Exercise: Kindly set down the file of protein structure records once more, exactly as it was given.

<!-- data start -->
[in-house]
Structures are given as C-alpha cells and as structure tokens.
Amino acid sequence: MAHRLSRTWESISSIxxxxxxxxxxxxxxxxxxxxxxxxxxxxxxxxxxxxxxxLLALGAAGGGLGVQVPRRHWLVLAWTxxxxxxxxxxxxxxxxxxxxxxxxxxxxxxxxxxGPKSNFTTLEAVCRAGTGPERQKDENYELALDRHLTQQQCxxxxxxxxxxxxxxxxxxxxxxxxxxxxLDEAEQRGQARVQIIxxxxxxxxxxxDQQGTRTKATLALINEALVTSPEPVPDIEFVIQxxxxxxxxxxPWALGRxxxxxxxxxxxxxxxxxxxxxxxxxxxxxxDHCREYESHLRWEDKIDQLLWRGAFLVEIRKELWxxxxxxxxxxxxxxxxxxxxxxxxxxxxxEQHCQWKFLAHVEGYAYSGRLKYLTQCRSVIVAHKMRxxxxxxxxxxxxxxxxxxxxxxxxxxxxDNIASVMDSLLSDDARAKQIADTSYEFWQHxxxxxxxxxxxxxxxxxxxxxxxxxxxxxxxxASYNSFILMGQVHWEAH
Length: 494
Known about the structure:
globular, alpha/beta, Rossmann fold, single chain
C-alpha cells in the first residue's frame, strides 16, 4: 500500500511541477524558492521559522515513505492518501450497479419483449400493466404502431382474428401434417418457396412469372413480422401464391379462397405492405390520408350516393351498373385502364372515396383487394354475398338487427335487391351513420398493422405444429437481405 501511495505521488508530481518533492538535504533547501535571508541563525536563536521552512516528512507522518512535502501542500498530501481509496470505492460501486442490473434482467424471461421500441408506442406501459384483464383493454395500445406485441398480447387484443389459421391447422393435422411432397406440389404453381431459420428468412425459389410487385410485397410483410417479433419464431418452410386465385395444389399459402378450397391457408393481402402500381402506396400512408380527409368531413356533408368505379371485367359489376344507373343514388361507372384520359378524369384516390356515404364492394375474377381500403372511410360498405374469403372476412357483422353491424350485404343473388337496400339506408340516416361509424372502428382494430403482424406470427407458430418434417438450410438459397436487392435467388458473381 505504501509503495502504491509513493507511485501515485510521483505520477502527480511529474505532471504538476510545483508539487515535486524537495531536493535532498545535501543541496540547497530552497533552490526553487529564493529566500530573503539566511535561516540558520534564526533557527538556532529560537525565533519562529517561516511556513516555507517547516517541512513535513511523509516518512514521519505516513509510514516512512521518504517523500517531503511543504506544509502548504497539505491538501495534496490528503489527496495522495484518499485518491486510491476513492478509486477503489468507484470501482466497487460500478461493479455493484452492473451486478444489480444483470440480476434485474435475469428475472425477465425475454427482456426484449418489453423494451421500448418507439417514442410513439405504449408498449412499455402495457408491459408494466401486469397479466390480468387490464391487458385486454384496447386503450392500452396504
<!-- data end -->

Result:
[in-house]
Structures are given as C-alpha cells and as structure tokens.
Amino acid sequence: MAHRLSRTWESISSIxxxxxxxxxxxxxxxxxxxxxxxxxxxxxxxxxxxxxxxLLALGAAGGGLGVQVPRRHWLVLAWTxxxxxxxxxxxxxxxxxxxxxxxxxxxxxxxxxxGPKSNFTTLEAVCRAGTGPERQKDENYELALDRHLTQQQCxxxxxxxxxxxxxxxxxxxxxxxxxxxxLDEAEQRGQARVQIIxxxxxxxxxxxDQQGTRTKATLALINEALVTSPEPVPDIEFVIQxxxxxxxxxxPWALGRxxxxxxxxxxxxxxxxxxxxxxxxxxxxxxDHCREYESHLRWEDKIDQLLWRGAFLVEIRKELWxxxxxxxxxxxxxxxxxxxxxxxxxxxxxEQHCQWKFLAHVEGYAYSGRLKYLTQCRSVIVAHKMRxxxxxxxxxxxxxxxxxxxxxxxxxxxxDNIASVMDSLLSDDARAKQIADTSYEFWQHxxxxxxxxxxxxxxxxxxxxxxxxxxxxxxxxASYNSFILMGQVHWEAH
Length: 494
Known about the structure:
globular, alpha/beta, Rossmann fold, single chain
C-alpha cells in the first residue's frame, strides 16, 4: 500500500511541477524558492521559522515513505492518501450497479419483449400493466404502431382474428401434417418457396412469372413480422401464391379462397405492405390520408350516393351498373385502364372515396383487394354475398338487427335487391351513420398493422405444429437481405 501511495505521488508530481518533492538535504533547501535571508541563525536563536521552512516528512507522518512535502501542500498530501481509496470505492460501486442490473434482467424471461421500441408506442406501459384483464383493454395500445406485441398480447387484443389459421391447422393435422411432397406440389404453381431459420428468412425459389410487385410485397410483410417479433419464431418452410386465385395444389399459402378450397391457408393481402402500381402506396400512408380527409368531413356533408368505379371485367359489376344507373343514388361507372384520359378524369384516390356515404364492394375474377381500403372511410360498405374469403372476412357483422353491424350485404343473388337496400339506408340516416361509424372502428382494430403482424406470427407458430418434417438450410438459397436487392435467388458473381 505504501509503495502504491509513493507511485501515485510521483505520477502527480511529474505532471504538476510545483508539487515535486524537495531536493535532498545535501543541496540547497530552497533552490526553487529564493529566500530573503539566511535561516540558520534564526533557527538556532529560537525565533519562529517561516511556513516555507517547516517541512513535513511523509516518512514521519505516513509510514516512512521518504517523500517531503511543504506544509502548504497539505491538501495534496490528503489527496495522495484518499485518491486510491476513492478509486477503489468507484470501482466497487460500478461493479455493484452492473451486478444489480444483470440480476434485474435475469428475472425477465425475454427482456426484449418489453423494451421500448418507439417514442410513439405504449408498449412499455402495457408491459408494466401486469397479466390480468387490464391487458385486454384496447386503450392500452396504